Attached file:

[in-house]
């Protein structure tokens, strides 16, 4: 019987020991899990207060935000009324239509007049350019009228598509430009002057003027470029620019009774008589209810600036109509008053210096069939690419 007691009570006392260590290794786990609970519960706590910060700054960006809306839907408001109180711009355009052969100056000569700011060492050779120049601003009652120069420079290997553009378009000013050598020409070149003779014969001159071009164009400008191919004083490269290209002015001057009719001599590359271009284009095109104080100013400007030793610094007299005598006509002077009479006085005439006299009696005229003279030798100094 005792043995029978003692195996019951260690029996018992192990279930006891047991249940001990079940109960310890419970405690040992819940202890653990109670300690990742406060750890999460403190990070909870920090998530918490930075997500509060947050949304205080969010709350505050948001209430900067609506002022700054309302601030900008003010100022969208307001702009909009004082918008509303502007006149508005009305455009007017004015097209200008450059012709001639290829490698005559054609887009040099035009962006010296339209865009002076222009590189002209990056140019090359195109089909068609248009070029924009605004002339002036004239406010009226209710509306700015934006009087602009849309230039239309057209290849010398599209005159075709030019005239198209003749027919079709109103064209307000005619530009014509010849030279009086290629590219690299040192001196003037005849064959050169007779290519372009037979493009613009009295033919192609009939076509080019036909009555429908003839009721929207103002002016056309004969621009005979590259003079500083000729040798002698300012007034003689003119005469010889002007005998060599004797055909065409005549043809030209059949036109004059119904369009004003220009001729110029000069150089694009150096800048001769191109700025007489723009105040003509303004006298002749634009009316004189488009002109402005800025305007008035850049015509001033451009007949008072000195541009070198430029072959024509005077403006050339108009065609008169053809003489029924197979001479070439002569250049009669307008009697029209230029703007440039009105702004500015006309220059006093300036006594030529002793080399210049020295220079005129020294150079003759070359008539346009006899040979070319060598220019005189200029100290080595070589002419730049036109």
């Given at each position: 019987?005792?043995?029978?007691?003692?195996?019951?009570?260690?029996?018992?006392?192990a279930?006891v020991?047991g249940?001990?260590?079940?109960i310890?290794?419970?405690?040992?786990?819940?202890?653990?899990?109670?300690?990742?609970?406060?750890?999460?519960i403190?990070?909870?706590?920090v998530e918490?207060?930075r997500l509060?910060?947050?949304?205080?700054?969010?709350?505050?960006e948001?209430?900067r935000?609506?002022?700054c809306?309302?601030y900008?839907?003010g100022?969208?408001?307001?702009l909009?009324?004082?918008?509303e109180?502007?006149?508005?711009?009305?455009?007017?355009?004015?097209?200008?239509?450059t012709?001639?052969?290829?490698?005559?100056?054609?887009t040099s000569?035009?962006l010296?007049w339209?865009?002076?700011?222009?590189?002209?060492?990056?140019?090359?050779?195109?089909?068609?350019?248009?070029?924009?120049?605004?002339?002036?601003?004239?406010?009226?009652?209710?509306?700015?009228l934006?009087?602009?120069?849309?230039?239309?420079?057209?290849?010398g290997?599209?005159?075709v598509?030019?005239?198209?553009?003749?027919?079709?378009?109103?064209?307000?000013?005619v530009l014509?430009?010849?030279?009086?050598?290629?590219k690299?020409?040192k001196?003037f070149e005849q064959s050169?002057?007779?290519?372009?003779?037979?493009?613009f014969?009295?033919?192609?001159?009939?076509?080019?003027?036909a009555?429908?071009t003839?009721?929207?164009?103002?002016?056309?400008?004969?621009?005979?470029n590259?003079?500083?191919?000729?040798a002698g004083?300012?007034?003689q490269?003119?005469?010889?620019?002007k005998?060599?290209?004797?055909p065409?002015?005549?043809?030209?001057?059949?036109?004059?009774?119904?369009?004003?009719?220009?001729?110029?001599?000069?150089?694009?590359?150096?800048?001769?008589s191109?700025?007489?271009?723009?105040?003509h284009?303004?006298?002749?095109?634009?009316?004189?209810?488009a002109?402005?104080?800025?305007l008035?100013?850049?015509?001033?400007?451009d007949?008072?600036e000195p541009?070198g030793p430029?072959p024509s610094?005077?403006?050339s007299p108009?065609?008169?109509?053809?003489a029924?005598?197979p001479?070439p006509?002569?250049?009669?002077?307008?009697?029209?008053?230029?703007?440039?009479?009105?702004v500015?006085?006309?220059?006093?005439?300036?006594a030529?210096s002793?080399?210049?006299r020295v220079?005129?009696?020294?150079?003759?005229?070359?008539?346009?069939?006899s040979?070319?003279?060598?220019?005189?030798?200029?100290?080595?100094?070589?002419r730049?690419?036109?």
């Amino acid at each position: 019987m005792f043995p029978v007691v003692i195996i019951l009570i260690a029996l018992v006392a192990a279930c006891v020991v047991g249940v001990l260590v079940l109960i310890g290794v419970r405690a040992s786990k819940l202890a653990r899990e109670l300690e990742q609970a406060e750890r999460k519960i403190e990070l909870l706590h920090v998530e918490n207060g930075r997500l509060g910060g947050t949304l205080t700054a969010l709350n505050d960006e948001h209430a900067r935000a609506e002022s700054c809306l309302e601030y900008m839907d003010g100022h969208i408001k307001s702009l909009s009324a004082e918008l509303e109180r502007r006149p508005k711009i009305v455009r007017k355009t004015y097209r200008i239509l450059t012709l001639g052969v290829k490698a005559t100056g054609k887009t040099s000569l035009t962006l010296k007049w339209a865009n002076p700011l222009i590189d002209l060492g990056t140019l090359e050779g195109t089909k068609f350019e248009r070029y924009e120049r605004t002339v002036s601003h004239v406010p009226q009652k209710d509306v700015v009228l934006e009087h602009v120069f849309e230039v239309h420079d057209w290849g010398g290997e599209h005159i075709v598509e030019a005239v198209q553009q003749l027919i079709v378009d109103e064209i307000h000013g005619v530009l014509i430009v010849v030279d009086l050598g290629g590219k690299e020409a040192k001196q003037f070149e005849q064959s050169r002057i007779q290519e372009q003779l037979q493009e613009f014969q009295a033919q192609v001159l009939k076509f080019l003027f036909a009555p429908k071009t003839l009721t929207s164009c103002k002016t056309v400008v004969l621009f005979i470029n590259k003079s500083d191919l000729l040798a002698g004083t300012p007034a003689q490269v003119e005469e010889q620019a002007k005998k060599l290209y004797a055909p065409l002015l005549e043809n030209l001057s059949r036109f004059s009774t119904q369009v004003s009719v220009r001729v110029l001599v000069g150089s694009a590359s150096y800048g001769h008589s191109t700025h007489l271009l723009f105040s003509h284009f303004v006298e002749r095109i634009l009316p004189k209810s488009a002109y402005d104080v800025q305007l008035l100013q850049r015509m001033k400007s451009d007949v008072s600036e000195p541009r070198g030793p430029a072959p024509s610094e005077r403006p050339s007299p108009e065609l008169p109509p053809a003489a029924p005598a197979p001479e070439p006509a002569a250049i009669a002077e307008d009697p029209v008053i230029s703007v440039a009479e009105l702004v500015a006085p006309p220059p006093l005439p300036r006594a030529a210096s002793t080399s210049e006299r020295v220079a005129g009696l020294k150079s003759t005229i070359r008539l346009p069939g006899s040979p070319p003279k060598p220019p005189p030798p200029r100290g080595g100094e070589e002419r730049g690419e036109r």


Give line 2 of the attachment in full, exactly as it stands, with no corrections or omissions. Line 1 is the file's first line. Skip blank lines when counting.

């Protein structure tokens, strides 16, 4: 019987020991899990207060935000009324239509007049350019009228598509430009002057003027470029620019009774008589209810600036109509008053210096069939690419 007691009570006392260590290794786990609970519960706590910060700054960006809306839907408001109180711009355009052969100056000569700011060492050779120049601003009652120069420079290997553009378009000013050598020409070149003779014969001159071009164009400008191919004083490269290209002015001057009719001599590359271009284009095109104080100013400007030793610094007299005598006509002077009479006085005439006299009696005229003279030798100094 005792043995029978003692195996019951260690029996018992192990279930006891047991249940001990079940109960310890419970405690040992819940202890653990109670300690990742406060750890999460403190990070909870920090998530918490930075997500509060947050949304205080969010709350505050948001209430900067609506002022700054309302601030900008003010100022969208307001702009909009004082918008509303502007006149508005009305455009007017004015097209200008450059012709001639290829490698005559054609887009040099035009962006010296339209865009002076222009590189002209990056140019090359195109089909068609248009070029924009605004002339002036004239406010009226209710509306700015934006009087602009849309230039239309057209290849010398599209005159075709030019005239198209003749027919079709109103064209307000005619530009014509010849030279009086290629590219690299040192001196003037005849064959050169007779290519372009037979493009613009009295033919192609009939076509080019036909009555429908003839009721929207103002002016056309004969621009005979590259003079500083000729040798002698300012007034003689003119005469010889002007005998060599004797055909065409005549043809030209059949036109004059119904369009004003220009001729110029000069150089694009150096800048001769191109700025007489723009105040003509303004006298002749634009009316004189488009002109402005800025305007008035850049015509001033451009007949008072000195541009070198430029072959024509005077403006050339108009065609008169053809003489029924197979001479070439002569250049009669307008009697029209230029703007440039009105702004500015006309220059006093300036006594030529002793080399210049020295220079005129020294150079003759070359008539346009006899040979070319060598220019005189200029100290080595070589002419730049036109």